The high-end SXL with Limited Technology Package is the only trim to have a wide array of advanced safety features and also touts luxurious reclining seats like Toyota’s Sienna. At over $43,000, it seats only 7 and manages only an estimated 17mpg city and 22mpg highway. For comparison, an 8-passenger Honda Odyssey Touring trim costs over $1000 less with an EPA estimated 19mpg city and 28mpg highway. Even so, the new 2015 Kia Sedona has a lot more to offer than before and is much more competitive with Toyota and Honda. In particular, the Sedona LX trim with Convenience Package is one of the safest family vehicles available for under $30,000.
Thank you to Kia Motors USA for the Sedona used in this review. No other compensation was provided. All opinions are my own.
I have a question-you said 4 top tethers in the vehicle. does that mean in the third row,you can put two FF carseats in the outboard and middle seat since they have two top tethers? Thank you!
Thanks CSO and Maggie, the Sedona is still somewhat cheaper than Odyssey or Sienna in some competitive configurations. The LX + Convenience package I mentioned has a very reasonable street price for an 8-seater. I do think they missed the mark with advanced safety features, though. Many of our readers place safety as very important consideration when buying a vehicle. It’s a mystery why many manufacturers refuse to offer these features at the very least as a reasonably priced options package on lower trim levels. And make them standard on higher trims so you can actually find them on dealer lots!
Thanks for the awesome review! I concur with everyone else – I think Kia missed the mark by a LOT. Yeah, it looks cool – but they departed from what made their minivan popular – safety and a reasonable price. They don’t have the brand loyalty that Honda and Toyota have, nor do they have the reputation for being super reliable and long lasting. They have priced themselves out of the majority of their customer base. I doubt anyone will choose the Kia van over a similar priced Honda/Toyota van. What they COULD have done is kept their price low, made it safe, and passenger rider friendly (car seats, or just seat belt using passengers) – THAT would have gotten people who buy the Chrysler vans to move over to them. Oh well, at least i know now not to even bother with considering it. I’ll stick to the Toyota/Honda! 🙂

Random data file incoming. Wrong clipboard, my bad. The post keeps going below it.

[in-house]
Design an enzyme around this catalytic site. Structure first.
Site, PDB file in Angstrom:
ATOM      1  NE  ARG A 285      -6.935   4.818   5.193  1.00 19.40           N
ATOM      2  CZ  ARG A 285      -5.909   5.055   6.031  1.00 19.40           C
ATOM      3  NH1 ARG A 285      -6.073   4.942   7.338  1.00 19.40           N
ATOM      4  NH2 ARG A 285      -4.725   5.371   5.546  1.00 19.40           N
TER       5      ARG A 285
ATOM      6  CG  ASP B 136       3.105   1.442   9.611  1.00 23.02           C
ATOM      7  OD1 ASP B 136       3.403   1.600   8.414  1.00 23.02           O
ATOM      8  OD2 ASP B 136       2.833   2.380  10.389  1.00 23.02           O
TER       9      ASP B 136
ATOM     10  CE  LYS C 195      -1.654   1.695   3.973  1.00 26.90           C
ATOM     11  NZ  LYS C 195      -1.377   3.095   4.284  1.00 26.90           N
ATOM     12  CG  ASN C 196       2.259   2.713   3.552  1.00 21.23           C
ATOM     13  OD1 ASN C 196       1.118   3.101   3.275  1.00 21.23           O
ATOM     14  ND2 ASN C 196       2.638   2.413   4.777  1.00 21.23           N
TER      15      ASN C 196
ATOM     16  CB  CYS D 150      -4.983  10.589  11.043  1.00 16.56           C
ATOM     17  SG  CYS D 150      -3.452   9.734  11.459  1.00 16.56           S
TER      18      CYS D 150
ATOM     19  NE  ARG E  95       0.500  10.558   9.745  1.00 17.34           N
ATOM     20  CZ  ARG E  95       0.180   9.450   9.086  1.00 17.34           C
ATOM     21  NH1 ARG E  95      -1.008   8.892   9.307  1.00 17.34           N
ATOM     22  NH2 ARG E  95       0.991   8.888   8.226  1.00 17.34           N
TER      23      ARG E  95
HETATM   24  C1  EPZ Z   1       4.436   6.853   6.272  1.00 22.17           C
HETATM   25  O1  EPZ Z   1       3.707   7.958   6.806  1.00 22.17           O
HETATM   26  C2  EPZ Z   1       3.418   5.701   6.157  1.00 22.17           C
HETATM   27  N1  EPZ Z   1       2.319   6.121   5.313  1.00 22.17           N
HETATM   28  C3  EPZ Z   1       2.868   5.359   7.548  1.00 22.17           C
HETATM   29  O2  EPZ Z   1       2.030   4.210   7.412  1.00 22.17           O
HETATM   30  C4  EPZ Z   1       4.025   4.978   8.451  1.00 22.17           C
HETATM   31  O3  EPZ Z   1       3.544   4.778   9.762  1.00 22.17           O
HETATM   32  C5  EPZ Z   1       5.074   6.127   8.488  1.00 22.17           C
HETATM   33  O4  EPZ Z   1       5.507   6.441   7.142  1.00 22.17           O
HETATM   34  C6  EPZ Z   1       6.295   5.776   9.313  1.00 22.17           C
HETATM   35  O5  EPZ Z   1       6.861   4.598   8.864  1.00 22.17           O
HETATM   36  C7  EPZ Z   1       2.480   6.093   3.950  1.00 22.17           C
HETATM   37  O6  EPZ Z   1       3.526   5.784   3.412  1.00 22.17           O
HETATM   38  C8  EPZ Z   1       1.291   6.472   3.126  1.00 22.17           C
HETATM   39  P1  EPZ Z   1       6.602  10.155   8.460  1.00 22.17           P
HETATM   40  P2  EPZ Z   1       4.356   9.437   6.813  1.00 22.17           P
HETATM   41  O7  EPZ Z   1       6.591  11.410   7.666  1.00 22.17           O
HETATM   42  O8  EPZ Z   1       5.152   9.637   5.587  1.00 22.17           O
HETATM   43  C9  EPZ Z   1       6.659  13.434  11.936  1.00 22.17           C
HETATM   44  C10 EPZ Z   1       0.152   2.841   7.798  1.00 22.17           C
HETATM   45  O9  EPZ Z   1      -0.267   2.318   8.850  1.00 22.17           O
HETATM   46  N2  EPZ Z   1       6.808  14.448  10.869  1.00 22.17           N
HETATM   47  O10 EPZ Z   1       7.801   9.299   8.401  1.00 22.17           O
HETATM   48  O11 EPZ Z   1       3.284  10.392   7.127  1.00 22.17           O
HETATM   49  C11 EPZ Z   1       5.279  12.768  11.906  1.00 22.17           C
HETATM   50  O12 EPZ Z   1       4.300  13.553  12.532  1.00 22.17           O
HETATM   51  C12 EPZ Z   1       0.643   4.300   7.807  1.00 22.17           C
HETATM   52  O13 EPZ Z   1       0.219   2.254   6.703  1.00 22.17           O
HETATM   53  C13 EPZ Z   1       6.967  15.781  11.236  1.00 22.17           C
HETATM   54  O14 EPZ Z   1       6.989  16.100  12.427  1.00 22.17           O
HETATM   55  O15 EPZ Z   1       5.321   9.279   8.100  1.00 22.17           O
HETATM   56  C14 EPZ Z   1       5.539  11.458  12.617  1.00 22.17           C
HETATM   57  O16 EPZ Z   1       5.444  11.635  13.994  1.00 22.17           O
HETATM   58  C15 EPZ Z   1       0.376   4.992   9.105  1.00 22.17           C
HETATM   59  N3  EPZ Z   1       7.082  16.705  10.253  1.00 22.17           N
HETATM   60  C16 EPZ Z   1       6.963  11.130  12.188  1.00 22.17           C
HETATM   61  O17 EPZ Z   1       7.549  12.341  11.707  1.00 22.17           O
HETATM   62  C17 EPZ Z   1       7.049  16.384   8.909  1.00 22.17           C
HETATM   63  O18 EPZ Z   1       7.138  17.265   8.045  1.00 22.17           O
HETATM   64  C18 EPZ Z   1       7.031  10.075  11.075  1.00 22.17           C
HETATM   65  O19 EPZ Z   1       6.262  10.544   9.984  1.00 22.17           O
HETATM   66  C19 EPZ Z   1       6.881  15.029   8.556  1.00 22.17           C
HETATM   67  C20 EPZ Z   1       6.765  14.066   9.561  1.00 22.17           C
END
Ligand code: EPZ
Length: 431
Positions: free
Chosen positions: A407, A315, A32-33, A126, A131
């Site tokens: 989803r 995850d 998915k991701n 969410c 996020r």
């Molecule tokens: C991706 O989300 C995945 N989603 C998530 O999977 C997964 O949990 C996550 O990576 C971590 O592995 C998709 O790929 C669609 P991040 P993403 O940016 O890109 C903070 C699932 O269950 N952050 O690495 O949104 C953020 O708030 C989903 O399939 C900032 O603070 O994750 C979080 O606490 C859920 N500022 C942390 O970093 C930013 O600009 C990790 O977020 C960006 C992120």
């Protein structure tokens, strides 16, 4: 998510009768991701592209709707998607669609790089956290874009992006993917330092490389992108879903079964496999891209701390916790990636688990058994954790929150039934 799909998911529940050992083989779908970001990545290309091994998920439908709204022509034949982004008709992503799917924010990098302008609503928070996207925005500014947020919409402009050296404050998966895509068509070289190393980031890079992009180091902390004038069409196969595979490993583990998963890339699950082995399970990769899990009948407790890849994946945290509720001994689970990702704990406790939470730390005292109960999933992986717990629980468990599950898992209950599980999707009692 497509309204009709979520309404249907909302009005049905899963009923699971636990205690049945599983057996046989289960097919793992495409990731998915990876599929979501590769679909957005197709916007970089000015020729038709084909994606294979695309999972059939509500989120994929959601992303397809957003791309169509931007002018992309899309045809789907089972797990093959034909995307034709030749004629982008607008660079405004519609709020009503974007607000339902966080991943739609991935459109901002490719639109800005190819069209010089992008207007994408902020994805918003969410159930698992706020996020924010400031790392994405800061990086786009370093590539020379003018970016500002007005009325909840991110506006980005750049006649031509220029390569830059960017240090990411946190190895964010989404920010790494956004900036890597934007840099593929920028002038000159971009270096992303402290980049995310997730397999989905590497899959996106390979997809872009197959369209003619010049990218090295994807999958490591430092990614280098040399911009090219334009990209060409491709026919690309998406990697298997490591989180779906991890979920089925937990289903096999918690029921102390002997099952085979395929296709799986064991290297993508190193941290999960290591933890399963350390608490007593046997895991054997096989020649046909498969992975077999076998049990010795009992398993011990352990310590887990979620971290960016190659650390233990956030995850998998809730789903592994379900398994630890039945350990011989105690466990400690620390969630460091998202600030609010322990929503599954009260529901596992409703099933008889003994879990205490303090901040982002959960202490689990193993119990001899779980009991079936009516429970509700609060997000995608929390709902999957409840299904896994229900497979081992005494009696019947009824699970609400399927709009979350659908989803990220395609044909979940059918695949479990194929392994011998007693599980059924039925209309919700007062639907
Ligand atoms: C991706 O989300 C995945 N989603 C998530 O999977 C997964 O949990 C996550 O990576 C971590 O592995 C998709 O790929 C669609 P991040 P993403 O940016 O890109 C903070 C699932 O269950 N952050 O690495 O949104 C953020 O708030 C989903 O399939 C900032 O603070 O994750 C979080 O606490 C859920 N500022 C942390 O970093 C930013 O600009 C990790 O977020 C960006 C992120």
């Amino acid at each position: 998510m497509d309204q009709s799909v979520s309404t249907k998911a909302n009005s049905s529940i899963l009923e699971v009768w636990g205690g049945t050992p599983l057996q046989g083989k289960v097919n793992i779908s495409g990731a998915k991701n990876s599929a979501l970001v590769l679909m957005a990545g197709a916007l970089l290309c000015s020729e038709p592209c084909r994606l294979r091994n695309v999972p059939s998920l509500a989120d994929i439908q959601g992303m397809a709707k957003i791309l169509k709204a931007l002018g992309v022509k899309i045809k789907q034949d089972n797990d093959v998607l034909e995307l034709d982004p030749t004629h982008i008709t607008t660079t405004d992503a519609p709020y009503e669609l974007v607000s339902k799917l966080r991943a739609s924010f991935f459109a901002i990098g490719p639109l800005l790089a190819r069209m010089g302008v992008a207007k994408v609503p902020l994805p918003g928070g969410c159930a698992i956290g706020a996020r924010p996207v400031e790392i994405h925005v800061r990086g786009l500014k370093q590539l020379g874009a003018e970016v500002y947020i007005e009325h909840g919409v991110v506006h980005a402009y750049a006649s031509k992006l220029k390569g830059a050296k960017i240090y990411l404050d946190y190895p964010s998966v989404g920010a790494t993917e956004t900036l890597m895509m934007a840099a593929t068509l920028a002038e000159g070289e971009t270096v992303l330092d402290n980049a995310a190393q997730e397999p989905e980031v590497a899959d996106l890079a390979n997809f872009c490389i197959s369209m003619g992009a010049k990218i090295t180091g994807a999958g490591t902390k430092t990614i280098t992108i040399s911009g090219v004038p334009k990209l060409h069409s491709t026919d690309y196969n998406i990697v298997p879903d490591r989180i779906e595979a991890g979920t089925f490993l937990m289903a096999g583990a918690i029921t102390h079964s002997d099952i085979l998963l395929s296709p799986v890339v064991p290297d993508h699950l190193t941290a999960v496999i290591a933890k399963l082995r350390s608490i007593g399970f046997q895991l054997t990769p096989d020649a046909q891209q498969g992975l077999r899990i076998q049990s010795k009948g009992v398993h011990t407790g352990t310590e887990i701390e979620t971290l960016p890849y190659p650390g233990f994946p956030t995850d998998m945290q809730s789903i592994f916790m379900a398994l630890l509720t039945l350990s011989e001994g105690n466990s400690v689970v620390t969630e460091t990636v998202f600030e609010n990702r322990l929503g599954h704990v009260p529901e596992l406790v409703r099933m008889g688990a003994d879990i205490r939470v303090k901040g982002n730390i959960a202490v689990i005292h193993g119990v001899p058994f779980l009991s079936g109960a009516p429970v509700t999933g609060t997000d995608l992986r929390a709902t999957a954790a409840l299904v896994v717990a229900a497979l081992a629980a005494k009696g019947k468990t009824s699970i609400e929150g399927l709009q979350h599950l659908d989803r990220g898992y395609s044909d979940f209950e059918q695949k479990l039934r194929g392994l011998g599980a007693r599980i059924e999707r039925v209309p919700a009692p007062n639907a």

I really think Kia missed a chance to compete with the Odyssey. I really like the outside looks of the Sedona but I won’t consider it because of their LATCH choices. By the time it doesn’t matter anymore, I won’t be driving a minivan. Clearly car makers haven’t realized that those lower anchors are great for booster seats. Parents get sick of reminding their kids to buckle empty boosters. Lower anchors have become more pointless for harnessed seat installs but still are great for booster seats. Also, I think a tether anchor in the third row center is fine but not at the expense of skipping the outboard seat. All minivans should have a minimum of 4 full sets of LATCH IMO. If they put in a full size seat, it should come with full LATCH. That should be true of all “people mover” type vehicles. Oh well, I’ll stick with my Odyssey.
Thanks! We definitely put all the pertinent details in text format in all our reviews:-) The Sedona definitely caught up to its competition in most regards. I think a lot of families will find it to be a great minivan and definitely more distinctive than Odyssey, Sienna and Grand Caravan that comprise over half the vehicles in almost any school pickup line!
Whew. Thanks for fleshng out this video review. I often puruse the web while putting a baby down for a nap or standing in line at the store so I avoid video formats.
I was speaking with a salesperson at a Honda dealership last year just after this model was unveiled at the auto show. He said they were a bit worried at first what Kia might be bringing to the table, but once they saw it they knew Honda would not be losing any significant portion of minivan buyers to Kia. I have to agree. I still want an Odyssesy. Or a $72,000 Suburban.
Your kids are all incredibly patient.